There have been a few stories in the news recently observing the fact that coffee shops seem to be providing another function in the life of the modern worker.
When coffee shops were first introduced to England, they were dubbed ‘penny universities’ and it seems that there is still a link between mental activity and the atmosphere of a coffee shop in modern times too.
Have you noticed that there are laptops aplenty in many of the decent coffee shops?
It has been observed by many that the ambiance in a coffee shops is more conducive to some than working in libraries.
As mentioned in the Toronto Star recently, some argue that the quietness of a library, the traditional home for the public to think in peace, is actually off-putting, as it accentuates the other noises (the chewing, coughing, typing etc).
By contrast, the general quiet background noise in a coffee shop seems more helpful.
A study has been carried out in the University of Illinois, to try and work out whether or not coffee shops are indeed a creative environment.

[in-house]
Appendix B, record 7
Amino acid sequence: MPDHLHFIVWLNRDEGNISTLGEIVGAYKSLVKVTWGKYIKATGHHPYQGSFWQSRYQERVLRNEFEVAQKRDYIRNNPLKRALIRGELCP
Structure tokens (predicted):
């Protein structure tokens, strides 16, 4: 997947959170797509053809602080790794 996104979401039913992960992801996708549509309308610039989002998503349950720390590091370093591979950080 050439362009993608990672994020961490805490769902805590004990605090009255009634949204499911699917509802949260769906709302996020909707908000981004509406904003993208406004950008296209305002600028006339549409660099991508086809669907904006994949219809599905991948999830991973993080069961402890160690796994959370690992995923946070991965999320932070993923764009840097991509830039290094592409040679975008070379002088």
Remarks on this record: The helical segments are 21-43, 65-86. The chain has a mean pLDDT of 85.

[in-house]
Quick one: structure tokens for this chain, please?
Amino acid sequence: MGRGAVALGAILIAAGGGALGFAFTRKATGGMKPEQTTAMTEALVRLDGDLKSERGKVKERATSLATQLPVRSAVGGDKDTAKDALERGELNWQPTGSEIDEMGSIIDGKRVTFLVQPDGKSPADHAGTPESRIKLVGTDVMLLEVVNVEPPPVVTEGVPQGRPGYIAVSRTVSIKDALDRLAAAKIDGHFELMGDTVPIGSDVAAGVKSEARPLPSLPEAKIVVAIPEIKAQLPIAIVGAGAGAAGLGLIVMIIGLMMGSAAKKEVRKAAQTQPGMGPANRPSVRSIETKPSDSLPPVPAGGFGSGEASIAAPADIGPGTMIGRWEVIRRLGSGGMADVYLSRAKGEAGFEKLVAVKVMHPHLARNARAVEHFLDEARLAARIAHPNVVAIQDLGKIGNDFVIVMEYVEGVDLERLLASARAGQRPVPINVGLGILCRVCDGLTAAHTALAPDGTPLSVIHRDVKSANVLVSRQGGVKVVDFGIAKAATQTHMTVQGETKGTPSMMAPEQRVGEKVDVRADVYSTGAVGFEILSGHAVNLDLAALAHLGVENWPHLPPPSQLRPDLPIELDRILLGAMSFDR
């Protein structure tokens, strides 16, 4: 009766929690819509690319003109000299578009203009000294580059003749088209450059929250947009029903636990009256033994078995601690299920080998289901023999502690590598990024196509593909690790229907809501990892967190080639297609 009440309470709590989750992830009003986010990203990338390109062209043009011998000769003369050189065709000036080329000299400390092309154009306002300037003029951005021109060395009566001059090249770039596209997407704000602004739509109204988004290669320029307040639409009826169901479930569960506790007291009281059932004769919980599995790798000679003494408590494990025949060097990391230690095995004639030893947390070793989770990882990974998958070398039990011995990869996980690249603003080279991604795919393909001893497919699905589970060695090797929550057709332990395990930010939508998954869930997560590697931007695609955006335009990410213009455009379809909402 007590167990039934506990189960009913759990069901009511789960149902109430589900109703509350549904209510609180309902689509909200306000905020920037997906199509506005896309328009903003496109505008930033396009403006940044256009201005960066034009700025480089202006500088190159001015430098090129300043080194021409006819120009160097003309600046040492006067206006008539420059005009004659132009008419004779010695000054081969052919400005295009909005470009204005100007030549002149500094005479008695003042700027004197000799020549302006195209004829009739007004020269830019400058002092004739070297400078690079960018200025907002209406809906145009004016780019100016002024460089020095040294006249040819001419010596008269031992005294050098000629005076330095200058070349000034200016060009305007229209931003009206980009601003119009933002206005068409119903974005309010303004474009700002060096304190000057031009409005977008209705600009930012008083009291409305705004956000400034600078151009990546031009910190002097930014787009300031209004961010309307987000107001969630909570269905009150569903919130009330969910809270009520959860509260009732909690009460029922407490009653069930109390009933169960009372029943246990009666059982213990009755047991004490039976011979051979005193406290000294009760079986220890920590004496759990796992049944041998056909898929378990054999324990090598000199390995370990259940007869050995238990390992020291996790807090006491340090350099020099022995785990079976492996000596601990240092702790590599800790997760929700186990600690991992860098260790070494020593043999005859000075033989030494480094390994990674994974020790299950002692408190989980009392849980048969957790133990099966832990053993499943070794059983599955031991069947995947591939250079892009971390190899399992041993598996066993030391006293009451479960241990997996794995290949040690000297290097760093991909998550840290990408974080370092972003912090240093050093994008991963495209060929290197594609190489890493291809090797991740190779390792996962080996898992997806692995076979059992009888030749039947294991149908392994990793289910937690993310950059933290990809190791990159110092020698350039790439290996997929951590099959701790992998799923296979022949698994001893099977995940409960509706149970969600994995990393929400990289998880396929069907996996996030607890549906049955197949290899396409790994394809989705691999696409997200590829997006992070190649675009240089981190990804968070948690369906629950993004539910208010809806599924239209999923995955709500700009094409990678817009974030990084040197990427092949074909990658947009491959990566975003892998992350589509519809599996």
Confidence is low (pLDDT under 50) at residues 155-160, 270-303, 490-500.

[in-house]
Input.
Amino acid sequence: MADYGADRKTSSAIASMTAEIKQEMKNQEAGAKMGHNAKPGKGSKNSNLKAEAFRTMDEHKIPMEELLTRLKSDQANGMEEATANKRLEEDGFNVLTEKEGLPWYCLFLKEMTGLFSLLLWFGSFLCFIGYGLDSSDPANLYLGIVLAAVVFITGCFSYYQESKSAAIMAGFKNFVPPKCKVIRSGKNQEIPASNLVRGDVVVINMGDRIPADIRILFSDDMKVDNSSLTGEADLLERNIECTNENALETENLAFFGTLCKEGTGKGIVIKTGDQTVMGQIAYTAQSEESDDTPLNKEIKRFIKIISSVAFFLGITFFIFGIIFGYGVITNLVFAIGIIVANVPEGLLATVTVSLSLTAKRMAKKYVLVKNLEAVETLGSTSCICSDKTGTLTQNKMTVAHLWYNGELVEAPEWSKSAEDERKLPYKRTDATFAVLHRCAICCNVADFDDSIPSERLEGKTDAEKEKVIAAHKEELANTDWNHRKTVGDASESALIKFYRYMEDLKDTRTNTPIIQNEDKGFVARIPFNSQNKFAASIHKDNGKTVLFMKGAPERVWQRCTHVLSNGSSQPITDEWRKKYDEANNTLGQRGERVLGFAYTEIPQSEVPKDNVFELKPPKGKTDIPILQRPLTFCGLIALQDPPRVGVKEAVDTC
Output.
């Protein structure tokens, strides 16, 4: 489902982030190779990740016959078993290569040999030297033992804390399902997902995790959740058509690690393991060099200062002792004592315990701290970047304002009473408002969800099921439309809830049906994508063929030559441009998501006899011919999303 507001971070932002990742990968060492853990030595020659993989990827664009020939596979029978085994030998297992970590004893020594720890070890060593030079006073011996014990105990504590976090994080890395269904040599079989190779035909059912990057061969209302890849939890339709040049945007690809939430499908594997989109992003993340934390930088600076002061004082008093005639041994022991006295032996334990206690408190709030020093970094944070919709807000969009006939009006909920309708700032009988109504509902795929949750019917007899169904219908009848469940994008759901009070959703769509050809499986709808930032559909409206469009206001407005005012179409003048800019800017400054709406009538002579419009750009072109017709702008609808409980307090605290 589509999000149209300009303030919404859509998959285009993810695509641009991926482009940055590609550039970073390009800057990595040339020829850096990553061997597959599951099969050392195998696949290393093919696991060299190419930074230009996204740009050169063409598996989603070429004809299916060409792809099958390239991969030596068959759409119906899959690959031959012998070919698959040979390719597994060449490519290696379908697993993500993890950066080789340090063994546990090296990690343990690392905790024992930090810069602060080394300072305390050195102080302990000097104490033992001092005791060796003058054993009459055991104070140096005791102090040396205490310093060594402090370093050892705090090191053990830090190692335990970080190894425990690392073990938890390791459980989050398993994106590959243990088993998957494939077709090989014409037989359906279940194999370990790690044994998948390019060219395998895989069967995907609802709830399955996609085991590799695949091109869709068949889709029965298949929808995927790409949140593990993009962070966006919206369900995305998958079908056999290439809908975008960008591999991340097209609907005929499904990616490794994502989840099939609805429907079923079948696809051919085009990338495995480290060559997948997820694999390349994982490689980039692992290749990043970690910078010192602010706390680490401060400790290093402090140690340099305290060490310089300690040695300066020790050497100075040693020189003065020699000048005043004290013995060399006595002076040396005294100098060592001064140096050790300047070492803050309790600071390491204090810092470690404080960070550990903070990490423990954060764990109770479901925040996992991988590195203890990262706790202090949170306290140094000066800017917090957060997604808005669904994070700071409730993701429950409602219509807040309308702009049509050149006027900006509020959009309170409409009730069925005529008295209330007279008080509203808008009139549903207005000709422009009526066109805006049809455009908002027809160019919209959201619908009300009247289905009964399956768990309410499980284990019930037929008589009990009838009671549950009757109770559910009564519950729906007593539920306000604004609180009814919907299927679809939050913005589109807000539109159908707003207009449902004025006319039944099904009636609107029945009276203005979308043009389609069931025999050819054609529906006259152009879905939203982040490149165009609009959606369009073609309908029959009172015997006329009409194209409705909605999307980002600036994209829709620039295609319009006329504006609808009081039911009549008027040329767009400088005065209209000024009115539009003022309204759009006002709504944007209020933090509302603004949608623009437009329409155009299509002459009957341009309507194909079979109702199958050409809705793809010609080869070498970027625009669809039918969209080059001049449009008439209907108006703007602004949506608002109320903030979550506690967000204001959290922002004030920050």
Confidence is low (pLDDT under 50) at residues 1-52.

This study suggests that those who work with moderate background noise (by which they mean about 70 decibels), have a higher likelihood of thinking in a creative way.
Why should moderate noise levels make any difference to creativity?
Apparently, the reason is that this amount of noise distracts you.
People begin to think in a different way, perhaps in an abstract way.
And as they do so, their focus becomes broader.
There are various success stories of those who have been creative in this sort of environment.
Famously, JK Rowling penned the early Harry Potter books in a Scottish café.
Bob Dylan is rumoured to have written Blowin’ in the Wind at the Fat Black Pussycat in the Big Apple and Graham Green was often seen at Café Richmond in Buenos Aires.
Photo: Jo Guldi